Emerging therapeutics for ocular surface disease.
PURPOSE OF REVIEW: The present review provides an overview on the potential of different systemic and topical treatments in chronic forms of ocular allergy and dry eye disorder (DED). The impact on anterior surface of ocular inflammatory disorder encompasses an array of conditions, which are frequently underreported. This can contribute to underdiagnoses and ineffective management from healthcare providers such as an allergist and/or ophthalmologist who routinely provide care for these common disorders. Owing to the current limited therapeutic options, healthcare providers are routinely seeking alternative treatments that could facilitate effective management of the conditions. RECENT FINDINGS: Recent advances in immunopathophysiology of ocular surface disorders has provided new potential targets and therapeutic strategies for the treatment of DED and ocular allergy that may include various immunobiological modulators. These modulators have focused on regulating the Th1 and Th2 immune-mediated inflammatory pathways that inhibit various cytokines (e.g. IL-1, IL-4, IL-5, IL-9, IL-13) antibodies (e.g. IgE), and other surface markers of various cell lines (e.g. activated T-lymphocytes, lymphocyte function-associated antigen-1). SUMMARY: Recent findings about the pathophysiology of DED and ocular allergy have led to the greater understanding of the molecular and cellular mechanisms of ocular surface diseases leading to the potential novel targets for immunomodulation of anterior surface ocular disorders. New topical glucocorticoids, leukotriene receptor antagonists, IL-1 antagonists, IL-5, IL-4/IL-13 antagonists, integrin antagonists, and quinolone derivatives appear to be encouraging.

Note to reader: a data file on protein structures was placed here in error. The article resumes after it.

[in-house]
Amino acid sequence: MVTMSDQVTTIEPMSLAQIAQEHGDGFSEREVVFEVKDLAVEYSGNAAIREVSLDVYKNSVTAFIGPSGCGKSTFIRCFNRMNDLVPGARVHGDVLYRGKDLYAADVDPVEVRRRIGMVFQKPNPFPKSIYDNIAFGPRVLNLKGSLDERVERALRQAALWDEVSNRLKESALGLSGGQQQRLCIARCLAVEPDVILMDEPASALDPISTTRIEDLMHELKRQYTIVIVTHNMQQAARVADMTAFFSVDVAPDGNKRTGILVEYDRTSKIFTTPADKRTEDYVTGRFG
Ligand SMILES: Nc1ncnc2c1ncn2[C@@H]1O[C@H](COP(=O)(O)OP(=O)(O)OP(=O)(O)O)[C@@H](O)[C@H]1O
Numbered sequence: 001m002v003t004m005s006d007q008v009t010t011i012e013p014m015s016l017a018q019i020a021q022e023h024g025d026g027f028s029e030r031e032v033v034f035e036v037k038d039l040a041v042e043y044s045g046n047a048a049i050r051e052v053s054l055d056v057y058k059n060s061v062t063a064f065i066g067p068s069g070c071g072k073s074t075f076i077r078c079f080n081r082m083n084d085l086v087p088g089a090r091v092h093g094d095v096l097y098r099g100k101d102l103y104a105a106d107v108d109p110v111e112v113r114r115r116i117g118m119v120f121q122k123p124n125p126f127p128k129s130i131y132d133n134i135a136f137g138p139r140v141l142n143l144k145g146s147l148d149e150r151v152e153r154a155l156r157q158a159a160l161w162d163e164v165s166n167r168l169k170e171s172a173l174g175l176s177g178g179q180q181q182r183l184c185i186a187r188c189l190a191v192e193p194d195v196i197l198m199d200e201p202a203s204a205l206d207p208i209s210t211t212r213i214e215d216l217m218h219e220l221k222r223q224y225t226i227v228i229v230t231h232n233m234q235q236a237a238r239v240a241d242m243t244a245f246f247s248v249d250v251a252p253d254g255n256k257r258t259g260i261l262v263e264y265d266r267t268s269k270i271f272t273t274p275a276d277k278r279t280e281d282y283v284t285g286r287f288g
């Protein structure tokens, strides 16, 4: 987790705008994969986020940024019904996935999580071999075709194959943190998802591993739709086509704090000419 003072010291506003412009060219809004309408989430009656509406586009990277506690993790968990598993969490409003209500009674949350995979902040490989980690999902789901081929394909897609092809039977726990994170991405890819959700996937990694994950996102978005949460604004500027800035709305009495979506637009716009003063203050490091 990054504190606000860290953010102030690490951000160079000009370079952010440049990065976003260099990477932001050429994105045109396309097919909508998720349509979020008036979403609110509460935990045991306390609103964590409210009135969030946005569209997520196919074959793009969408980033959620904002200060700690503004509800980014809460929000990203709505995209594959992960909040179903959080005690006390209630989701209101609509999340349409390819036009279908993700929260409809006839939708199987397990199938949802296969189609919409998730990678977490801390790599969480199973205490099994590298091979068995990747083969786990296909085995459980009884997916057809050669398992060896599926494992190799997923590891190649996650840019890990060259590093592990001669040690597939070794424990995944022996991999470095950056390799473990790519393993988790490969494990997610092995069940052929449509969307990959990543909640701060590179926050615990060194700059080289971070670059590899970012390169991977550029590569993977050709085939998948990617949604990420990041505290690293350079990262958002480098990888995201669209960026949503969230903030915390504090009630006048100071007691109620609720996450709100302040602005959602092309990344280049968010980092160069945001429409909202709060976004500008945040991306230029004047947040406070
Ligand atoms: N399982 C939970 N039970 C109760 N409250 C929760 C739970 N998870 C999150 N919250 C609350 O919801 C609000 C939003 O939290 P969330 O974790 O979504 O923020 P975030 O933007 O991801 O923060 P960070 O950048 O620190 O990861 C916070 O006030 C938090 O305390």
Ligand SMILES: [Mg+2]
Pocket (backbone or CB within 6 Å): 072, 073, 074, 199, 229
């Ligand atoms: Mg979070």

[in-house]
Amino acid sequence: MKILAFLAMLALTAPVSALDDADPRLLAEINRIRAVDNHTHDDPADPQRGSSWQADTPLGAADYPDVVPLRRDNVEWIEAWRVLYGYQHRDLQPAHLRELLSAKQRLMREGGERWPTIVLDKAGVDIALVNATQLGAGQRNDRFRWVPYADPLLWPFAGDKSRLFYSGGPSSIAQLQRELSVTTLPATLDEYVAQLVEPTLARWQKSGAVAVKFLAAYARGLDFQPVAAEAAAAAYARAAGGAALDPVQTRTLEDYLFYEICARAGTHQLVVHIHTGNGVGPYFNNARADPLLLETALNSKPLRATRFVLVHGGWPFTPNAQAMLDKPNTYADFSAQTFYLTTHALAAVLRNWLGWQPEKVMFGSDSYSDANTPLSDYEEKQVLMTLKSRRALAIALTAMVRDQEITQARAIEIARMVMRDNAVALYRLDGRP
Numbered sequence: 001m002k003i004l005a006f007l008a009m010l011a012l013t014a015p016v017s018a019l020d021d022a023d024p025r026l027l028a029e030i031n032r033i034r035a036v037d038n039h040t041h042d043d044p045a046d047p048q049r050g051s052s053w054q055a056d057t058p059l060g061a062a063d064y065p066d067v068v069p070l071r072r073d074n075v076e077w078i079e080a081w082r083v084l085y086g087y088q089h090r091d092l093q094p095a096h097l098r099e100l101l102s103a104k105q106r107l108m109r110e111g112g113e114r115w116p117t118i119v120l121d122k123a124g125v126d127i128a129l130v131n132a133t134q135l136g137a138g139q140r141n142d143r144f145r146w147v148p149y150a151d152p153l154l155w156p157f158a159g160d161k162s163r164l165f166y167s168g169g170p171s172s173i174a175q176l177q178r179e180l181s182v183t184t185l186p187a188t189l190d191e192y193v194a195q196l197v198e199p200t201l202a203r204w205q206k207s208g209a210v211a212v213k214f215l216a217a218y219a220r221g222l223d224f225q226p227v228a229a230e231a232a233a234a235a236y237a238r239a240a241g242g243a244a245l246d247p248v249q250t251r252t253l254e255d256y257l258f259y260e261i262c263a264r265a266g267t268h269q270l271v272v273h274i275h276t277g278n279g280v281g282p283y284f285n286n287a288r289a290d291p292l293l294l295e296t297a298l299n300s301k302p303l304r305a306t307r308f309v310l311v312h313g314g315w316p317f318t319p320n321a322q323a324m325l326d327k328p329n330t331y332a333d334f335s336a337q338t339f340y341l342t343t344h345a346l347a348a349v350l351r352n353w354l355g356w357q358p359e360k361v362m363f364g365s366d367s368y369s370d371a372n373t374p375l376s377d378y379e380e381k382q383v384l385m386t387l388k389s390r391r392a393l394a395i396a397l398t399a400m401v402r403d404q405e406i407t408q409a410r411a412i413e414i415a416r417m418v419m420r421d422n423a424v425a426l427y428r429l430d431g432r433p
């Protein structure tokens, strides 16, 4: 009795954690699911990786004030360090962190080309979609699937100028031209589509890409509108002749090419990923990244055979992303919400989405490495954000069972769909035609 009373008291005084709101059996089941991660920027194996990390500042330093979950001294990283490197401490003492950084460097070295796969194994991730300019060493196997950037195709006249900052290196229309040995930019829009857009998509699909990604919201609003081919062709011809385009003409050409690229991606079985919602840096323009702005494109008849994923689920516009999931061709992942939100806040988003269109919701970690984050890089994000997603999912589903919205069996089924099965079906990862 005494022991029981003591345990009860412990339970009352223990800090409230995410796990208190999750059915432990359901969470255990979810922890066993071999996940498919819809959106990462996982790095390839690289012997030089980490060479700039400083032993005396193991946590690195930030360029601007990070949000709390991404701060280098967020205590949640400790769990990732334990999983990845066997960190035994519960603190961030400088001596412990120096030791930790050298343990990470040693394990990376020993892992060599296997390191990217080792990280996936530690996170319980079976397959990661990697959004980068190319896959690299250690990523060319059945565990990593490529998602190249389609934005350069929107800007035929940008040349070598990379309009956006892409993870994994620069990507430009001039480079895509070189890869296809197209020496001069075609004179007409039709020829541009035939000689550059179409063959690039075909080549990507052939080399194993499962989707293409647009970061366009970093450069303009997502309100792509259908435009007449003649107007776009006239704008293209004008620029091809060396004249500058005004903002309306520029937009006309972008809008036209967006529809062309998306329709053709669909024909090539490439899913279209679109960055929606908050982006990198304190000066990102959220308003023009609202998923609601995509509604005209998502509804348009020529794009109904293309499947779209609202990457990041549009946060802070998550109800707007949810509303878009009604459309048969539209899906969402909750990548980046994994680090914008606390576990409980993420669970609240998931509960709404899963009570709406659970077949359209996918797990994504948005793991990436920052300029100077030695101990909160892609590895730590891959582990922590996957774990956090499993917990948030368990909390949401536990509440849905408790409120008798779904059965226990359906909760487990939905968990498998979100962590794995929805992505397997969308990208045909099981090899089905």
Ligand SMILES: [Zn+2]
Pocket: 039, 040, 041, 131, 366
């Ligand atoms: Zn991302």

Bielory, BP; Shah, SP; O'Brien, TP; Perez, VL; Bielory, L
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